• There is the definition [of mathematics], boldly proposed by Pierce that 'Mathematics is the science which draws necessary conclusions', and more explicitly formulated by Russel that 'Pure Mathematics is the class of all propositions of the form "p implies q"... it was... the purpose of Russell's treatise to provide a complete, exact and convincing justification of this definition... instead, he and Whitehead collaborated to give a magisterial account of the Principia Mathematica.
  • The function of logic in mathematics is critical rather than constructive.
  • Logical analysis is indispensable for an examination of the strength of a mathematical structure, but it is useless for its conception and design. The great advances in mathematics have not been made by logic but by creative imagination.
  • Pure mathematics is much more than an armoury of tools and techniques for the applied mathematician. On the other hand, the pure mathematician has ever been grateful to applied mathematics for stimulus and inspiration. From the vibrations of the violin string they have drawn enchanting harmonies of Fourier Series, and to study the triode valve they have invented a whole theory of non-linear oscillations.
  • The 'language theory' is inadequate as a description of the nature of mathematics.
  • Mathematical activity has taken the forms of a science, a philosophy and an art.
  • As a science mathematics has been adapted to the description of natural phenomena, and the great practitioners in this field... have never concerned themselves with the logical foundations of mathematics, but have boldly taken a pragmatic view of mathematics as an intellectual machine which works successfully. Description has been verified by further observation, still more strikingly be prediction, and sometimes, more ominously, by control of natural forces. Happily, unresolved problems... still remain as challenges.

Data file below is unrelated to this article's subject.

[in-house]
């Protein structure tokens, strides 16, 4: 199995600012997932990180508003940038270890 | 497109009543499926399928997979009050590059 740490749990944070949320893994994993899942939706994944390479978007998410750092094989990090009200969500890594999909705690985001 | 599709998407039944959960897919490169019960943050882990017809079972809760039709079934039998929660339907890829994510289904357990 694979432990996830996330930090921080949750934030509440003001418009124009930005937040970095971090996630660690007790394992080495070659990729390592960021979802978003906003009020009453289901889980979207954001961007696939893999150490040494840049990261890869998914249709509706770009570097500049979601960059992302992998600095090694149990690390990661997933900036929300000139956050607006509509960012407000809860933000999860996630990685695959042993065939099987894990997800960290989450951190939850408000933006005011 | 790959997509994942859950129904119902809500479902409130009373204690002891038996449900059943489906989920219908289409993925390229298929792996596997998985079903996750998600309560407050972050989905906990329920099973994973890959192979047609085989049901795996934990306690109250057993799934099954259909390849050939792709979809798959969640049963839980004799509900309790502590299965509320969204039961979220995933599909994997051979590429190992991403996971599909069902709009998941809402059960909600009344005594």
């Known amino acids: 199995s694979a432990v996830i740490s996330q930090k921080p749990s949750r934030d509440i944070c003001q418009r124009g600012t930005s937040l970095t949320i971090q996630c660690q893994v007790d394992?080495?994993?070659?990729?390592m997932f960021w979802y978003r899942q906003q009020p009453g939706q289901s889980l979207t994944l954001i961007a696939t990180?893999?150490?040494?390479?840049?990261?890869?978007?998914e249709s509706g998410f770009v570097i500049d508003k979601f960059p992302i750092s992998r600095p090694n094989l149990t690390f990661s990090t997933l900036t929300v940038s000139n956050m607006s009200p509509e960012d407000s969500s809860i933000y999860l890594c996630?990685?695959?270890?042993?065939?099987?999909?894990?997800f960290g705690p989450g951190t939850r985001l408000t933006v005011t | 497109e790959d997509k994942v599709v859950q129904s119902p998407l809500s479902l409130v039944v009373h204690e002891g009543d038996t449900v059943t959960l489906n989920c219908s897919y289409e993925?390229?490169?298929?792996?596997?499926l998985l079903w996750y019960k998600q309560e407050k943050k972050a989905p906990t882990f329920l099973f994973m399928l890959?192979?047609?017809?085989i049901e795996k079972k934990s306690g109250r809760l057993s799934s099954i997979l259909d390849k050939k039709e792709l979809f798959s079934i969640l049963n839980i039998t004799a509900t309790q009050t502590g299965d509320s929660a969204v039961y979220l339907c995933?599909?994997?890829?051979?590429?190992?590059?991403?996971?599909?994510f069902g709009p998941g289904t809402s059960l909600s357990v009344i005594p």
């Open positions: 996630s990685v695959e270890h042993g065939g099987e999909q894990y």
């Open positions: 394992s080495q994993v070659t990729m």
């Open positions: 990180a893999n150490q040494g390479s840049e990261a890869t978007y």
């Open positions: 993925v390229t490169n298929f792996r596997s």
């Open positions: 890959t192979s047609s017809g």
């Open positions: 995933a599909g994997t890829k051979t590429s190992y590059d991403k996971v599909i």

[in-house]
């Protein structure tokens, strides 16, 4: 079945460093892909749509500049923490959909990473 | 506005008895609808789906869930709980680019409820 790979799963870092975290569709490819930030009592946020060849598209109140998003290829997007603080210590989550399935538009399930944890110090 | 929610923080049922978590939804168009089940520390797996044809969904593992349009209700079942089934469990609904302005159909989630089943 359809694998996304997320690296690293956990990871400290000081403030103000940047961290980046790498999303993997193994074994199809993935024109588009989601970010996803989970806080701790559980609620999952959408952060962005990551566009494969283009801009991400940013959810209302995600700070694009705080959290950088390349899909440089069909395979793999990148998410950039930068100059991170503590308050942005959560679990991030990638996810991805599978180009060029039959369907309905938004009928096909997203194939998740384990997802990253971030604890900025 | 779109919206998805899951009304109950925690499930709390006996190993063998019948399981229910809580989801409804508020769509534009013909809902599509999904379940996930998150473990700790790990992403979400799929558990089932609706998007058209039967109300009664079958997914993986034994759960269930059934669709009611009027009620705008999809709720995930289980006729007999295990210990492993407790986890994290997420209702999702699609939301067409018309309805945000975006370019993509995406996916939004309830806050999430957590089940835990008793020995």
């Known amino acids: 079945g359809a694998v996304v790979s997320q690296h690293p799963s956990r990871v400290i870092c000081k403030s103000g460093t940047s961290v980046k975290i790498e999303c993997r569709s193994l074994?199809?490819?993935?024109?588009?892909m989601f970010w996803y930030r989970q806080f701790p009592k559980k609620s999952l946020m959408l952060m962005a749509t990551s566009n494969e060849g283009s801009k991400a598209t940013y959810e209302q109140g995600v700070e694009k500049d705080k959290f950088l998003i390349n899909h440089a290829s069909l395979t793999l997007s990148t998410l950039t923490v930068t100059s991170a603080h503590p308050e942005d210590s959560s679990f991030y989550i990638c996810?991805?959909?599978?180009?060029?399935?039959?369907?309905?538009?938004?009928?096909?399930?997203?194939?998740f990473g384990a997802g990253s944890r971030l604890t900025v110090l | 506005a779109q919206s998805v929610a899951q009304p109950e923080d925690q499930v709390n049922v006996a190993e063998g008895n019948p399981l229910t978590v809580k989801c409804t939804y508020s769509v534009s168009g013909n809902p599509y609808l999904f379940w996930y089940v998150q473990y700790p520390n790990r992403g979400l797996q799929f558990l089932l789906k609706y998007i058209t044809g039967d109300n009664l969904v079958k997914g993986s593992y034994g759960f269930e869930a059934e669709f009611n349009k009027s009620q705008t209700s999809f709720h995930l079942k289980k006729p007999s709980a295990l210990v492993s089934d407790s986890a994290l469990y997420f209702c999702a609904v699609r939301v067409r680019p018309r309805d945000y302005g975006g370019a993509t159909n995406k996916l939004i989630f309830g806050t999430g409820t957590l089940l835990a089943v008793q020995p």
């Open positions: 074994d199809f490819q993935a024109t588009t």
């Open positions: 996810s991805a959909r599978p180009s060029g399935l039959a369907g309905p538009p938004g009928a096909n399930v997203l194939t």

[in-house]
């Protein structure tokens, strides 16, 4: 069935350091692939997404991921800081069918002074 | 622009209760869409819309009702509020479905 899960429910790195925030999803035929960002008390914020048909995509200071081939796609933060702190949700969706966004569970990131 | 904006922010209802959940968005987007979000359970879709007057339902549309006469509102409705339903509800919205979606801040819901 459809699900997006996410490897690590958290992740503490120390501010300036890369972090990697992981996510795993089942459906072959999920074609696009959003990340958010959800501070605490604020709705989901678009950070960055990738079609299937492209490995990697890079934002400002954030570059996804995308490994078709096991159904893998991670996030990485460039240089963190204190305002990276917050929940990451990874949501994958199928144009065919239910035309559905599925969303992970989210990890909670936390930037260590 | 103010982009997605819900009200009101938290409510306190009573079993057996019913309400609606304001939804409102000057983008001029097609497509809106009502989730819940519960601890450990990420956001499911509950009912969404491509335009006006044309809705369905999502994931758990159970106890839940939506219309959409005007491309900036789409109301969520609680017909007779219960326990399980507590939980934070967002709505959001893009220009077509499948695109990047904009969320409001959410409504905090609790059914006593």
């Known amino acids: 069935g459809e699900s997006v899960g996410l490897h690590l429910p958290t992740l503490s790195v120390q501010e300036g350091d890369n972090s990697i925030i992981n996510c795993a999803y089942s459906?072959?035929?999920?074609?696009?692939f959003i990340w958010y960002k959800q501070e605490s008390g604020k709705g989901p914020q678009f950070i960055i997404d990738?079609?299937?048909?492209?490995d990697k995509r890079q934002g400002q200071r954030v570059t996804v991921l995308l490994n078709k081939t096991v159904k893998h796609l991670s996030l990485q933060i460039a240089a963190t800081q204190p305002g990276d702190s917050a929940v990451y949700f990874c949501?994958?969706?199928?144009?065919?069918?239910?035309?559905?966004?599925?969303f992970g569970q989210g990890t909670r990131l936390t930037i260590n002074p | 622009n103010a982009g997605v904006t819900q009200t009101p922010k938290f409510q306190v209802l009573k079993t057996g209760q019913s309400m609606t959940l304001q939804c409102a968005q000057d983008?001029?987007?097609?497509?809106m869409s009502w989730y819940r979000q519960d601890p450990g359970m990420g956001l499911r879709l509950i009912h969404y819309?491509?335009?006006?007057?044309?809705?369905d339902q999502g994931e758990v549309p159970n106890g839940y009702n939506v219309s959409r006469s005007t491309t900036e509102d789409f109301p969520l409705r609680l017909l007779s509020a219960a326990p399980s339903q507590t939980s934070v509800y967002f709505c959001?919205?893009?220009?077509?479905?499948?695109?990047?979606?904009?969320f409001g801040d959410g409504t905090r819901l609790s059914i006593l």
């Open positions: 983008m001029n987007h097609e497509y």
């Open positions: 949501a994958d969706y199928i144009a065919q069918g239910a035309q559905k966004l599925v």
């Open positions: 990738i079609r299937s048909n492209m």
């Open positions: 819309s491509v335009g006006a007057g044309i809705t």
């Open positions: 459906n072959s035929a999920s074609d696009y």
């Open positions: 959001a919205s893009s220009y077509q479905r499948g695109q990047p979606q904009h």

• Mathematics has also been developed as a philosophy, in the sense in which this term is defined by A.N. Whitehead as 'the endeavor to frame a coherent, logical and necessary system of general ideas in terms of which every element of our experience can be interpreted'. Substitute 'mathematics' for 'experience' and we have an admirable description of its speculative and philosophic development. ...Philosophy of mathematics... has its paradoxes and antimonies, and also diverse schools of thought...
  • For the great majority of mathematicians, mathematics is... a whole world of invention and discovery—an art. The construction of a new theorem, the intuition of some new principle, or the creation of a new branch of mathematics is the triumph of the creative imagination of the mathematician, which can be compared to that of a poet, the painter and the sculptor.
  • Most mathematicians are by nature Platonists who cheerfully, unreflectingly and habitually employ such loaded phrases as 'We assume there exists...' or 'Therefore there exists...' an entity with such and such characteristics. Challenged by the realist they would probably reply that since the truths of mathematics are absolute, universal and eternal it is hard indeed to deny them an existence independent of human intelligence.
  • What would geometry be without Gauss, mathematical logic without Boole, algebra without Hamilton, analysis without Cauchy?
  • The history of mathematics throws little light on the psychology of mathematical invention.